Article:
Eat better fruit without it costing the earth

Supermarkets are piled high with fruit imports but it’s not hard to grow your own

In a world where supermarket shelves are piled high with a huge amount of imported produce all year round, it seems strange to think that my elderly parents’ childhoods belong to a time when fresh fruit came from people’s gardens.

Back then, seasonality was the unbendable truth by which the turning of a year was measured; a bowl of rhubarb crumble meant spring, fresh raspberries that it was high summer, homemade apple-pie that autumn had arrived, while the sweet rich smell of pears brought indoors to ripen was a sign that winter was fast approaching.

We’ve lost much of that deep-rooted connection to the land, our sense of seasonality fractured by the furious pace of modern life. But by growing even just a little of our own fruit, we can begin to appreciate it once more for what it truly is, which is something precious, delicious, and not to be wasted.

Not that I’m advocating that we all turn our lawns into orchards and grub up our flowerbeds to make way for giant fruit cages. But just one small apple tree (a self-fertile variety grafted onto a dwarfing rootstock) will give you the makings of delicious pies and crumbles for decades to come plus countless healthy snacks to fill lunchboxes.

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A single blackcurrant bush will provide enough fruit to make your own jam, blackcurrant ice-cream or delicious cassis, while if you can offer it a sunny, sheltered spot and a fertile, free-draining soil, then a pear tree (again, a self-fertile variety) will provide fruit for puddings, tarts and homemade pear liqueur.

Grow your own dessert gooseberries and you’ll get to savour the sharply sweet fruit in pies, tarts and creamy gooseberry fools. Grow your own strawberries and you’ll look at those shiny, tiny, plastic supermarket cartons of half-ripe, refrigerated berries in an entirely different light.

Don’t be put off by the fact that your garden/allotment is small. Where space is tight, apple, pear, plum, cherry, greengage, damson and quince trees and currant and gooseberry bushes can be trained in a variety of ways (espaliers, fans or cordons) and grown against a sunny wall or sturdy fence or with the support of posts and/or strong horizontal wires.

Many kinds of fruit can also be grown in large tubs and containers, especially if you choose some of the ultra-compact varieties introduced by plant breeders in recent years for exactly this purpose such as Raspberry ‘Ruby Beauty’ (mrmiddleton.ie) , ‘Sibley’s Patio Quince’ (terracefruits.com) or the ‘Lilliput’ range of standard fruit trees (mrmiddleton.ie). Just make sure to use a good quality, soil-based compost and to keep plants well-fed and regularly watered during the growing season.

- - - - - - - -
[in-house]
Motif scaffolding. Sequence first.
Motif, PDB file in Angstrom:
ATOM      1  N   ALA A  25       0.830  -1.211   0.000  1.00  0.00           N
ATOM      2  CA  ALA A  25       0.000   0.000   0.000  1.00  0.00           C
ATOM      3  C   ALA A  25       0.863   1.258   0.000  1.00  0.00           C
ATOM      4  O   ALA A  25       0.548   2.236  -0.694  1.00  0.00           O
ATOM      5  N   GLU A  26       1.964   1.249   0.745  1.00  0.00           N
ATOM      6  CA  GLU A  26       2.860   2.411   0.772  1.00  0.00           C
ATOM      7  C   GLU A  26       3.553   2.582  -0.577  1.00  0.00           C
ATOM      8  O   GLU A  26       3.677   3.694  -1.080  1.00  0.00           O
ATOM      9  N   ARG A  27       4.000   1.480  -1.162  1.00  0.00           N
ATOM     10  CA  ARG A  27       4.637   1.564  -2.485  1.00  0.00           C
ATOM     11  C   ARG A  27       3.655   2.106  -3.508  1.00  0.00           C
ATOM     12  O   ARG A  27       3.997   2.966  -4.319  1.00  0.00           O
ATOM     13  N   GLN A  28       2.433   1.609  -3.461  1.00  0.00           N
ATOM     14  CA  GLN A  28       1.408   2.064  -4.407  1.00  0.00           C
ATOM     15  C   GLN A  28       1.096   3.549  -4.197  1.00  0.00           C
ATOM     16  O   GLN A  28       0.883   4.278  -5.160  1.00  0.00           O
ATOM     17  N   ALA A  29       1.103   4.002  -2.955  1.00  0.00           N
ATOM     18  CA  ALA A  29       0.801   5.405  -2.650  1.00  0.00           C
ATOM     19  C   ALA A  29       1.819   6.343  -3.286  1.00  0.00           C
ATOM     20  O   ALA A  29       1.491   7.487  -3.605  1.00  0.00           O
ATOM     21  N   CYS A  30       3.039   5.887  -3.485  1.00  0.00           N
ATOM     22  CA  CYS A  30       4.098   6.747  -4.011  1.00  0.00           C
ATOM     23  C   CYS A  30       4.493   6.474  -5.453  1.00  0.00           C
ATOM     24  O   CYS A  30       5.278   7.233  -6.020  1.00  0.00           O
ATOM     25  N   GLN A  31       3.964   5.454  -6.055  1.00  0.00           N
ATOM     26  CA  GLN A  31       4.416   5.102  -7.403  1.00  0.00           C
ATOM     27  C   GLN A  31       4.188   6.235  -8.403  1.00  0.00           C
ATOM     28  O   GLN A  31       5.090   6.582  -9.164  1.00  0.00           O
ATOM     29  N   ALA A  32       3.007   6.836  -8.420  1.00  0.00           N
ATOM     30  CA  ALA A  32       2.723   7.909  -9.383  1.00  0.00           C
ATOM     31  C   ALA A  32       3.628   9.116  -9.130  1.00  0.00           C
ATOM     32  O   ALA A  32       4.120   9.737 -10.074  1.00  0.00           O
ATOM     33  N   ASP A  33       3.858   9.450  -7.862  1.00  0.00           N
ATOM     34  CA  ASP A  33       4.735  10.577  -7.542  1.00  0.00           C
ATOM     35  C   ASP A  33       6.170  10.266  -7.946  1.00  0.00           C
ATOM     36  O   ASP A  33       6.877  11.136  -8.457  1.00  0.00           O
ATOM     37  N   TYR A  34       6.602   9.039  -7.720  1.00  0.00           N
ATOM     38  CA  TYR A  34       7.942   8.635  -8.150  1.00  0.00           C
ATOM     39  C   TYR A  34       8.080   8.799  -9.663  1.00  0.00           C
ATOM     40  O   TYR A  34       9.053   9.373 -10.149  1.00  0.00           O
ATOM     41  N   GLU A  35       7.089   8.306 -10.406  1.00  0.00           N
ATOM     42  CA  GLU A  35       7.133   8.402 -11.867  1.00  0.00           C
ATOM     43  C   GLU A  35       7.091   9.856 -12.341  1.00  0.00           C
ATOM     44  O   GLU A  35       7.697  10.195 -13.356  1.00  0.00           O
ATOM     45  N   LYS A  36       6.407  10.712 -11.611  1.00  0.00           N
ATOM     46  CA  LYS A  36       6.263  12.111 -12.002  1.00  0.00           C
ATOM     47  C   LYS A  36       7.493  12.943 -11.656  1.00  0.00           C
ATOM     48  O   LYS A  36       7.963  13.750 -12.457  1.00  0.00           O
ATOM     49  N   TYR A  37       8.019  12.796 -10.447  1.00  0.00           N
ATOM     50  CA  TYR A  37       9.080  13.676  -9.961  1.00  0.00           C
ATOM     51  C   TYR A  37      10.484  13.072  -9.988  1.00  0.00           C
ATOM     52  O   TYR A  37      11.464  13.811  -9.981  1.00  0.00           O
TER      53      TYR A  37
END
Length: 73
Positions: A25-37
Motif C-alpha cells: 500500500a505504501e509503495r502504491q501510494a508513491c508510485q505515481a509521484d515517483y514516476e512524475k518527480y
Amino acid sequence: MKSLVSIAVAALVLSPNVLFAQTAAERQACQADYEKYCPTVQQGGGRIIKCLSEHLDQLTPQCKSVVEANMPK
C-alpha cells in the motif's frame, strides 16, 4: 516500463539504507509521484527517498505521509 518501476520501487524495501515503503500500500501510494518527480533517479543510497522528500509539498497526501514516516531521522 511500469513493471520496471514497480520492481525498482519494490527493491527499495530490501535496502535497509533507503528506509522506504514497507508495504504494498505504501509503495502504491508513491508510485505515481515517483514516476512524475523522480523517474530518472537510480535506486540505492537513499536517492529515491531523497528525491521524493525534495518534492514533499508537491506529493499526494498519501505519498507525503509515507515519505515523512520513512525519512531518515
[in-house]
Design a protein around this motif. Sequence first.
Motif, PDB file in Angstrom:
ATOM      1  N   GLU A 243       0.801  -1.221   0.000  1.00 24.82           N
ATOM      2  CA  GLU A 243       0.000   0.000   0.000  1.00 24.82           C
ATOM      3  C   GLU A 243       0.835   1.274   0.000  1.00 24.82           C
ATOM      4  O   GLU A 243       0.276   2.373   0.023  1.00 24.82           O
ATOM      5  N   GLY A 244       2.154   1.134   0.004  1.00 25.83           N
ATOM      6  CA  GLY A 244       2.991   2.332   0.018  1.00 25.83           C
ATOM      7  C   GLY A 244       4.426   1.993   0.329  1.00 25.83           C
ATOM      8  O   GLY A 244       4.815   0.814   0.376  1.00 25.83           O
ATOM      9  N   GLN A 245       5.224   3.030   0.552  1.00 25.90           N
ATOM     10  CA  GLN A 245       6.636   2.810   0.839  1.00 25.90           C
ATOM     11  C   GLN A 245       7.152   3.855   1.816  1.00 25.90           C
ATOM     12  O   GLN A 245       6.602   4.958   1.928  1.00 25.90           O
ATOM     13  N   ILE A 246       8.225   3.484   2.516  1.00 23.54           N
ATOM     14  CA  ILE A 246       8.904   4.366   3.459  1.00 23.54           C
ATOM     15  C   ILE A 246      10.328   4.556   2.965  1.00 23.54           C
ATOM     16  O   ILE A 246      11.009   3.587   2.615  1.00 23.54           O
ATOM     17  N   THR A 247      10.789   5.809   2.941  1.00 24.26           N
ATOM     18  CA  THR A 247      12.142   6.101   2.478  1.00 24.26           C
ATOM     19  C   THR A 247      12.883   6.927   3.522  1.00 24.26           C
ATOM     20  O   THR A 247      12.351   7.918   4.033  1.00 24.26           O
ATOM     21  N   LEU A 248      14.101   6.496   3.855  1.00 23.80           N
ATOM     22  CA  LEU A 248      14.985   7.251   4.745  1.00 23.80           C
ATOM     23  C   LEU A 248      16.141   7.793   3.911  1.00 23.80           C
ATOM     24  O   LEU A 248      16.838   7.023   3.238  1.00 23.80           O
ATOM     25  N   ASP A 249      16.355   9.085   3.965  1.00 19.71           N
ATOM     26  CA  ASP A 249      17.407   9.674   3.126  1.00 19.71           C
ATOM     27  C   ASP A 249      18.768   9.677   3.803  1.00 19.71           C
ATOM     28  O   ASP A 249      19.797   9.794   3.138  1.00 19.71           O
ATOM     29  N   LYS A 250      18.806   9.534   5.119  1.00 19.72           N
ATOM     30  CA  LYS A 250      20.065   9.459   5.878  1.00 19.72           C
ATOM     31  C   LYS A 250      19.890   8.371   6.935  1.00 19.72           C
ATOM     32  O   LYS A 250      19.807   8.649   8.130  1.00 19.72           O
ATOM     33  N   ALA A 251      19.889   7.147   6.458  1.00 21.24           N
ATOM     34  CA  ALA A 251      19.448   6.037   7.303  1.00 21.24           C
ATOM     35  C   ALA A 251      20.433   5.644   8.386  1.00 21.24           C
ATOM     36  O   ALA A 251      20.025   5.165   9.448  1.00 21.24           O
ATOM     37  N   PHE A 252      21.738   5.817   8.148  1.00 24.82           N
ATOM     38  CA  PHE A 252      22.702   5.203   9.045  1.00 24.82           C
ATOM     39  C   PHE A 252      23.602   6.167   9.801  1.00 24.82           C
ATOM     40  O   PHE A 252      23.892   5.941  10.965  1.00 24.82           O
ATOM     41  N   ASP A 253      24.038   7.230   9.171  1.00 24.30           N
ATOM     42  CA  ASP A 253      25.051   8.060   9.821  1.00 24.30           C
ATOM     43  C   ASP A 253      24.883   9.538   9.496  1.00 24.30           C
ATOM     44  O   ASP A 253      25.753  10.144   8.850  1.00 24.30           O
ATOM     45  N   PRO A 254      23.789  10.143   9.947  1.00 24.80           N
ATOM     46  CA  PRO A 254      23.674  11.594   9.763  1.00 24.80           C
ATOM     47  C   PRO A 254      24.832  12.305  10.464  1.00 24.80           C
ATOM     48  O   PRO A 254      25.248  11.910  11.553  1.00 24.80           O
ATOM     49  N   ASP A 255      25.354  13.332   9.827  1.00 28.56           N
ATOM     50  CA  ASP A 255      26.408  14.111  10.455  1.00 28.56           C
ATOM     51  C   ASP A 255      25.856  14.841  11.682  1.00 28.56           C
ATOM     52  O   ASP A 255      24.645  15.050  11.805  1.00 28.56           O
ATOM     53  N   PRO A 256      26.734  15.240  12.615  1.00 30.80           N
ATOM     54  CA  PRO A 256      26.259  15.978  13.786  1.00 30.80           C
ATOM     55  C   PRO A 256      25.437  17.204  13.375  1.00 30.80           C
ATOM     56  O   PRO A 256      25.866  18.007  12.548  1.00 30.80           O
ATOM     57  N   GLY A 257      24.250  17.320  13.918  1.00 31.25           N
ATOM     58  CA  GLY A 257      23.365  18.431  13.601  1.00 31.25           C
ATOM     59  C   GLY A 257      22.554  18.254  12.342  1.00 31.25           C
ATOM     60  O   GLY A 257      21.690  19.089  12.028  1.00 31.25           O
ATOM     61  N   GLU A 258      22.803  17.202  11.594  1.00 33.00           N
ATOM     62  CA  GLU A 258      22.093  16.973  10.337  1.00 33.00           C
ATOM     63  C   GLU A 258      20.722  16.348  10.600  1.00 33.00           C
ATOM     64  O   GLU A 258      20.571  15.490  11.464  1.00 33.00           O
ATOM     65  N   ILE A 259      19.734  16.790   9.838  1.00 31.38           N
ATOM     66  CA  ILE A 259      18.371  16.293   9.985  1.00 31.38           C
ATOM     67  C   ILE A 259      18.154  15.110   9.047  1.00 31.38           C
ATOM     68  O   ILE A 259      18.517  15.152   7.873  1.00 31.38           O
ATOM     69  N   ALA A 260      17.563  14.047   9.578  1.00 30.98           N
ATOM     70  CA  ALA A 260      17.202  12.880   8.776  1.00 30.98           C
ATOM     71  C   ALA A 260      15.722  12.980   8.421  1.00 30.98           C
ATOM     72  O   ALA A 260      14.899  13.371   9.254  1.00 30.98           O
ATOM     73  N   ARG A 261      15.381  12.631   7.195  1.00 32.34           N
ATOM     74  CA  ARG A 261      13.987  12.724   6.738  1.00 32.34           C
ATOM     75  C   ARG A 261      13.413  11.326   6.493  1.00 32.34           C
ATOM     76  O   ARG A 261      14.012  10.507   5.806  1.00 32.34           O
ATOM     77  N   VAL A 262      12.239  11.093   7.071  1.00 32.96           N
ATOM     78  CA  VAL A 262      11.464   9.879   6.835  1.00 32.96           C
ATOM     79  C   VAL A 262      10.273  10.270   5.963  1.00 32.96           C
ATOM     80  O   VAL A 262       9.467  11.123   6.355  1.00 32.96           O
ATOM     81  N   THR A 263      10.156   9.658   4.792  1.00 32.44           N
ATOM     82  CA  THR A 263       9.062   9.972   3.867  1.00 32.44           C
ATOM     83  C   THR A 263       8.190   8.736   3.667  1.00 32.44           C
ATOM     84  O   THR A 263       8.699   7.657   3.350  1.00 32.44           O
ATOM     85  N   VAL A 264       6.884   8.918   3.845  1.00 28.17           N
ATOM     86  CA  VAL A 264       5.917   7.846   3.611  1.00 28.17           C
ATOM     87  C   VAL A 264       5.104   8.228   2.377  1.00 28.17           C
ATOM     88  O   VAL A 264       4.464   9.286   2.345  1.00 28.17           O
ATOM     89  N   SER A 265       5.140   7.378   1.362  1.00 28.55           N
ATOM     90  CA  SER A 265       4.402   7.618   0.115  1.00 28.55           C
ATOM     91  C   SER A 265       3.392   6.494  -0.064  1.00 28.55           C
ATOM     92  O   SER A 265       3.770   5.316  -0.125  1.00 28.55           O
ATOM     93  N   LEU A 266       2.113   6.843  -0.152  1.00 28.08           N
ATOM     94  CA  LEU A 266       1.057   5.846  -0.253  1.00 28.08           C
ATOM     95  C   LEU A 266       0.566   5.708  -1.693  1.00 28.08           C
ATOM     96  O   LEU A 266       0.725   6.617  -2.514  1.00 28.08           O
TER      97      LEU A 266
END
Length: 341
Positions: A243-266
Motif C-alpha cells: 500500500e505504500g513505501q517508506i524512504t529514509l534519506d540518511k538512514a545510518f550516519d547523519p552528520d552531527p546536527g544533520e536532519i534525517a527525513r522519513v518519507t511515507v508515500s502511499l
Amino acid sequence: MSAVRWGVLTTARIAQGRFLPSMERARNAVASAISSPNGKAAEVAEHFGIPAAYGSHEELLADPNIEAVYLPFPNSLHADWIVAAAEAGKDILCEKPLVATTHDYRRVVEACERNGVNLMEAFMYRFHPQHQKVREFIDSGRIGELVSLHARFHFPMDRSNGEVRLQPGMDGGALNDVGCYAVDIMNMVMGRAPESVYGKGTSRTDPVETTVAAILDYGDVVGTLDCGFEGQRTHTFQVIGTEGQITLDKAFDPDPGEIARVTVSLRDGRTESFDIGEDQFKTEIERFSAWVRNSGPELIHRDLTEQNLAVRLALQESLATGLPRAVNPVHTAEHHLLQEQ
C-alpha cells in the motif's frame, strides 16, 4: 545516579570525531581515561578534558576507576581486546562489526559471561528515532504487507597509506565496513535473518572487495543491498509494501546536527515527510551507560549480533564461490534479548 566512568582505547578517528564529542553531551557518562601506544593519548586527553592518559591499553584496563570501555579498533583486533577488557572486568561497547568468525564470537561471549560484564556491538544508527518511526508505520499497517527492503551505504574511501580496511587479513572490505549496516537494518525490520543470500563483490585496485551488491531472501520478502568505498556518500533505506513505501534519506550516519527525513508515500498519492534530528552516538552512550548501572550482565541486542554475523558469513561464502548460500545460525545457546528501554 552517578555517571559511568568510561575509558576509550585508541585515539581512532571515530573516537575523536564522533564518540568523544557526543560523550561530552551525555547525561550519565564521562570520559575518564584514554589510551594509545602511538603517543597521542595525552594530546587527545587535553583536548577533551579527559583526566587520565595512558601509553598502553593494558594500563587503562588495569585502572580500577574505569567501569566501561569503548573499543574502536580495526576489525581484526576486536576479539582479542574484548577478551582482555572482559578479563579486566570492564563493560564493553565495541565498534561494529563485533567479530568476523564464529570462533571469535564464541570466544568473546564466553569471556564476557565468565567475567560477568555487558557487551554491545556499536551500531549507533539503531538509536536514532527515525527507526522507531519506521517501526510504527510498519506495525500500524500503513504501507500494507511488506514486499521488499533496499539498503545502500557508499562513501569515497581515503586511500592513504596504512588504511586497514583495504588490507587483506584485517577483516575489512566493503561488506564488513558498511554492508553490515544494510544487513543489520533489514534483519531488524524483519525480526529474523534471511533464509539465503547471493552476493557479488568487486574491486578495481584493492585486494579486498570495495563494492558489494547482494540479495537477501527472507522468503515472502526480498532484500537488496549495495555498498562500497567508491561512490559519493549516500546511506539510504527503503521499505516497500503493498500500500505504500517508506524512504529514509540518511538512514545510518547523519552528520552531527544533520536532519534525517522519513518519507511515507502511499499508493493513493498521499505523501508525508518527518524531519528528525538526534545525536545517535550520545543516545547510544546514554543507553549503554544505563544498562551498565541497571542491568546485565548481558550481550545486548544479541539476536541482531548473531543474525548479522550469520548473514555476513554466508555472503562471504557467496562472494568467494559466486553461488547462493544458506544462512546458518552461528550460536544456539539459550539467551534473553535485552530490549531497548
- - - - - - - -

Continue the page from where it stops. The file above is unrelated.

If you can offer it a very sunny, sheltered spot outdoors or under the protective roof of a bright polyunnel or glasshouse, then you can also grow your own fig tree, either as a wall-trained specimen or in a large pot.

The same goes for grapes, which will grow quite happily in a large container if carefully pruned/trained onto low supports into a standard, cordon or umbrella-shape and kept regularly watered and well-fed during the growing season.

Unless your garden is an exceptionally warm and sheltered one, you’ll need to bring the pot back under cover from spring until autumn to help the grapes to properly ripen (this will also protect them against birds) before moving it back outdoors in winter to ensure the vine’s root system receives the period of winter chilling that it needs.

An alternative is to plant its root-ball directly into the ground outdoors (now is the perfect time to do so), but right next to a suitable gap/hole in or beneath the frame of your glasshouse/polytunnel/conservatory so that the plant itself can be trained to grow inside/within its protective structure. Delicious dessert-grape varieties suitable for growing this way include ‘Muscat Hamburg’, ‘Lakemont’, ‘Flame’, ‘Chasselas Doré de Fontainebleau’, ‘Fragola’ and ‘Muscat of Alexandria’

Strawberries, of course, are a great choice for even the smallest sunny balcony garden (they’ll even grow happily in window boxes and hanging baskets), especially if you pick what’s known as an ever-bearing variety such as ‘Albion’, which will produce its flavoursome fruit for many months.

If grown under cover, you can extend this particular variety’s fruiting season even further. Again, as for all container-grown fruit plants, make sure to use a good quality, soil-based compost and to feed and water regularly during the growing season.